Whenever I discover a new problem with a Tesla, investors and advocates argue that it is anecdotal evidence. Trying to explain that early cases could lead to others never helped. Yet, it was always what followed. This is the first story I write in which they are absolutely right: only one vehicle has the problem I am reporting, but it needs attention. That’s what led this Austin-made Model Y owner to publicly ask if his car is the only one affected by a cracked front casting.
NK advised one of the people who interacted with him to “also check on the passenger side.” That means he probably did the same and found nothing wrong there. It makes no difference: the casting is a single piece that covers both sides of the car. If one of them presents structural issues, the entire component may have to be replaced.
According to NK, he has contacted Tesla, “but they do not seem as concerned” as he is. On Reddit, one of the commenters said that the “cracks are within specs.” Customers facing issues hear that so frequently from Tesla Service Centers that they turned the expression into an in-joke. Cracked_Tesla confirmed hearing that: “That’s what I’ve been told so far, but I’m fighting it.”
Some commenters said the car probably crashed, but NK denied that. He bought his car new in March and never suffered any collisions with it. His Tesla Service Center would probably have told him the same if that were the case. However, it only said that there was nothing wrong with his vehicle. Other commenters noted that it was probably only the paint that cracked, but the Model Y owner does not think that’s the case. The casting has a skinny paint layer, and the cracks look reasonably deep.
Those who took NK seriously tried to learn how to identify if their Model Ys were made in Austin or elsewhere. That’s relevant because only the Austin-made Model Y comes with a casting for the front structure for the American market. NK taught them that the “11th digit in your VIN is an A” if the vehicle was made in the Texan factory.
In September 2020, Elon Musk said that the German Model Y was supposed to be “a radical redesign of the core technology of building a car” because of these castings. In other words, they also have it. Although each factory produces its own cast part, owners of the German Model Y may also want to have a look at these components in their vehicles. Giga Shanghai may soon adopt the same manufacturing strategy, as will Project Highland – the Model 3 refresh. That said, Chinese-made Model Y units should not have the problem.
If more people notice cracks in their electric SUVs’ front castings, that may cause problems not only for Tesla but also for every carmaker planning to use the same approach. Volkswagen, NIO, XPeng, Volvo, Mercedes-Benz, and Toyota have already said they want to use these components. The BMW CEO said his company sees “much more efficient ways to build a car body.” Oliver Zipse also noted that “partially lower manufacturing cost is overcompensated by casting costs,” stressing that repairability would become “too expensive” with them. This situation may prove Zipse right.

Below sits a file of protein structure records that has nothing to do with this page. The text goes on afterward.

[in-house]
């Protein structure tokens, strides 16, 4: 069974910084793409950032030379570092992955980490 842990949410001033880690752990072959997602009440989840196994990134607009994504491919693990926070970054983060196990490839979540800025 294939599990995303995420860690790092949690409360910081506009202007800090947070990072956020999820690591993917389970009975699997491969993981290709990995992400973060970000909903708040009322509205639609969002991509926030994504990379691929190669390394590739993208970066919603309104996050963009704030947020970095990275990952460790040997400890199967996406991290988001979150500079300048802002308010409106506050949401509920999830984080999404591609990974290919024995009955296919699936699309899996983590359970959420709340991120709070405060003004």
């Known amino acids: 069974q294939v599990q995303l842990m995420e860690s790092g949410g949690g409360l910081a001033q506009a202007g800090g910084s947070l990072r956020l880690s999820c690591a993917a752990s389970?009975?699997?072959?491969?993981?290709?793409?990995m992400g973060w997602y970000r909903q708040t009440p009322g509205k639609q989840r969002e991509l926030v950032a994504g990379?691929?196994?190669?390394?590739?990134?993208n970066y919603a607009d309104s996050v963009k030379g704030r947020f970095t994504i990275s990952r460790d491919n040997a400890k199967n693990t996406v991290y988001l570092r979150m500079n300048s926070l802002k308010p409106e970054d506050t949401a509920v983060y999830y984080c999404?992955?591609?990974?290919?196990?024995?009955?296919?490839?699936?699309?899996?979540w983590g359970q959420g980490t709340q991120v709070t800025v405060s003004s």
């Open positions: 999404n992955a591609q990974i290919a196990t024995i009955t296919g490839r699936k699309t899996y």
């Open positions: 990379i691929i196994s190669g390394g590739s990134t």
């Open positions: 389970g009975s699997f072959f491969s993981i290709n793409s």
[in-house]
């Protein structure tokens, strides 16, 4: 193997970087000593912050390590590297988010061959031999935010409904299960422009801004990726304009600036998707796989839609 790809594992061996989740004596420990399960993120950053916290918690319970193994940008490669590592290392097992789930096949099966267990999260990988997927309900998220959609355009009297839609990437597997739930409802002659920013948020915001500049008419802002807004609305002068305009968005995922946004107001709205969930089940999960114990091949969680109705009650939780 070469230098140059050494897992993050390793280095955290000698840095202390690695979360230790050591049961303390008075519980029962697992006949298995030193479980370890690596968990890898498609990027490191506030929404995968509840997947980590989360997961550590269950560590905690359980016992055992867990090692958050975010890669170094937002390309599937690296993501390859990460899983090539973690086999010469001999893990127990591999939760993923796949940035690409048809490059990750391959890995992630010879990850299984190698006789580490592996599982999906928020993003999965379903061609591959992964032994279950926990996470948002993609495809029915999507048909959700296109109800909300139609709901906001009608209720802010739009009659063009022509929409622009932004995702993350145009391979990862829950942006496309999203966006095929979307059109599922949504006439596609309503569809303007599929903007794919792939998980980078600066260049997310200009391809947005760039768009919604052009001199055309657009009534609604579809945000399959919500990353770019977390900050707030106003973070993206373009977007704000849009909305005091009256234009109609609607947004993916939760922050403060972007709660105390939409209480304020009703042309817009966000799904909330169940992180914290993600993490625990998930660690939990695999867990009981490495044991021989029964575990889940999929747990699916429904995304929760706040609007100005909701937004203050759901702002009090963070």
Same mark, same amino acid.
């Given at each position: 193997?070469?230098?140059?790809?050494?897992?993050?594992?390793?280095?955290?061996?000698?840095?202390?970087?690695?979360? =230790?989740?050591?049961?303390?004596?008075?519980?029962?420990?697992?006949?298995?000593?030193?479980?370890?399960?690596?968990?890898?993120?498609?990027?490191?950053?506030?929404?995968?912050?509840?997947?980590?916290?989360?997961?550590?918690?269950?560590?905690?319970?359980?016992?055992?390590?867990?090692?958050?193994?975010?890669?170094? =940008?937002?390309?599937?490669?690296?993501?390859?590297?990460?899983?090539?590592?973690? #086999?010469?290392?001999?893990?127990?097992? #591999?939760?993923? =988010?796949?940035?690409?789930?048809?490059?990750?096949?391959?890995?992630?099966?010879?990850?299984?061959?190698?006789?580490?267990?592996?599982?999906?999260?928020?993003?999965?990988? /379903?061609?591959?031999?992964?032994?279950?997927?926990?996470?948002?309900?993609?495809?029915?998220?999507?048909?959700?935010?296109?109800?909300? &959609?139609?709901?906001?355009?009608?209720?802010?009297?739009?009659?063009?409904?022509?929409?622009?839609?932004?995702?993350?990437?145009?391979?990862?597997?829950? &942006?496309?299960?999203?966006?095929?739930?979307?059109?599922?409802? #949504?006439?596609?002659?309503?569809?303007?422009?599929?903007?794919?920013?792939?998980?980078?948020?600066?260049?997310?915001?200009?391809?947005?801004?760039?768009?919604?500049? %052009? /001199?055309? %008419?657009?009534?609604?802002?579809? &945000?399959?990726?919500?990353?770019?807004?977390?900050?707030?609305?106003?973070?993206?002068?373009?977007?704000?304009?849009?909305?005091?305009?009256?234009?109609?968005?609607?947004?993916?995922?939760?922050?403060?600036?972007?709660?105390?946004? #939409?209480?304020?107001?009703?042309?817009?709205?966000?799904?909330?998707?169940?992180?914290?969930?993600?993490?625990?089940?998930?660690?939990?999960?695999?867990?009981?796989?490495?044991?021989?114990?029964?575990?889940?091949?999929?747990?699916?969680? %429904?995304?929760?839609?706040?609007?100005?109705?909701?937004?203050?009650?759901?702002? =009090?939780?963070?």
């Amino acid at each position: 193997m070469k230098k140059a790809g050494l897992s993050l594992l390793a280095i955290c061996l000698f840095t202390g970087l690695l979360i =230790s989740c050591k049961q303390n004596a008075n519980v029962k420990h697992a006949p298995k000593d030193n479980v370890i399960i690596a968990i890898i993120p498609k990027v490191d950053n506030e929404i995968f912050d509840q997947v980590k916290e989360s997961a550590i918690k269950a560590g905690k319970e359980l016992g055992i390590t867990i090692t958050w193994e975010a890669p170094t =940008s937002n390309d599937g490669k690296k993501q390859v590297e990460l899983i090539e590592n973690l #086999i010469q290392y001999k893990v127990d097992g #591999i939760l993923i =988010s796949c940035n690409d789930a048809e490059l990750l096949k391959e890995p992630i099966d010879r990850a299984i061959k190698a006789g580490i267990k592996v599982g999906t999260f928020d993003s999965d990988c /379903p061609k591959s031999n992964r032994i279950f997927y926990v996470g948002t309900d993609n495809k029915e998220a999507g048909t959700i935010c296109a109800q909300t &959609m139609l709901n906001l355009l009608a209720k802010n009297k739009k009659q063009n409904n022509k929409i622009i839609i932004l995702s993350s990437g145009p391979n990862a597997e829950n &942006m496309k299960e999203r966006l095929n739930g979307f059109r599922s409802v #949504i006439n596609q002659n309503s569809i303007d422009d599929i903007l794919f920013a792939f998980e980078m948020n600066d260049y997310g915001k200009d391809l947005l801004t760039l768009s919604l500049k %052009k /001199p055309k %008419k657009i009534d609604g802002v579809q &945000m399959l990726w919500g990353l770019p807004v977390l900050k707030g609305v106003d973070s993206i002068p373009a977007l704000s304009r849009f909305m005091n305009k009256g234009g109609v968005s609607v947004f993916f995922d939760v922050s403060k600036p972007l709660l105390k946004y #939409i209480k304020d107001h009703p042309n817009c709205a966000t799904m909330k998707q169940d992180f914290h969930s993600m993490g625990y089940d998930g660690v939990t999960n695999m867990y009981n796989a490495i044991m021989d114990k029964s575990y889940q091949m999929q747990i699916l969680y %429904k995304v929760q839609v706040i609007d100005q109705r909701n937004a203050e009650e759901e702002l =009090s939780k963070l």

So far, no other Model Y owner reported the same problem. NK shared that he is happy if the issue is limited to his car. Honestly, that’s good news for everybody, including those driving next to these Teslas. If one of these castings fails while the battery electric vehicle (BEV) is on the road, it may cause serious collisions. But what if other units present the same problem? What if they are in a worse shape?
These structural components demand a bit of work to be inspected, which will probably make most owners ignore NK’s alert. Sandy Munro was disappointed with the clips that held the plastic component in place in his first Model Y teardown: some were broken, and the cover was loose. If your Austin-made Model Y is in the same situation, you may finally see that from a positive angle: that will make the inspection easier. On a negative note, removing a plastic cover that is properly attached to the car may break a few clips. Anyone thinking about checking the front casting must anticipate that.
In a way, that’s theoretically the worst thing that can happen in this inspection. Seeing cracks in your Model Y’s front casting will not be good news, but at least you will be aware of the problem. That’s much better than learning about it when it breaks. If there is nothing wrong, you may join Tesla investors and advocates and claim this is only anecdotal evidence – which it admittedly is at this point. I sincerely hope that’s the case, but what if it isn’t, and your electric SUV has the same problem?
If this is not an isolated case, Tesla will have to come up with a solution for it. Will it replace the defective front castings? Will it weld them, as Dan Roelofsen, from 519 Kustomz, said that was possible? At this point, the responsible thing to do is to amplify NK’s request for Austin-made electric SUVs to be verified. If you own a Model Y with an A in the 11th position in its VIN, please get it checked or do it yourself – and let Cracked_Tesla learn about the results. It does not cost much to be on the safe side of this story.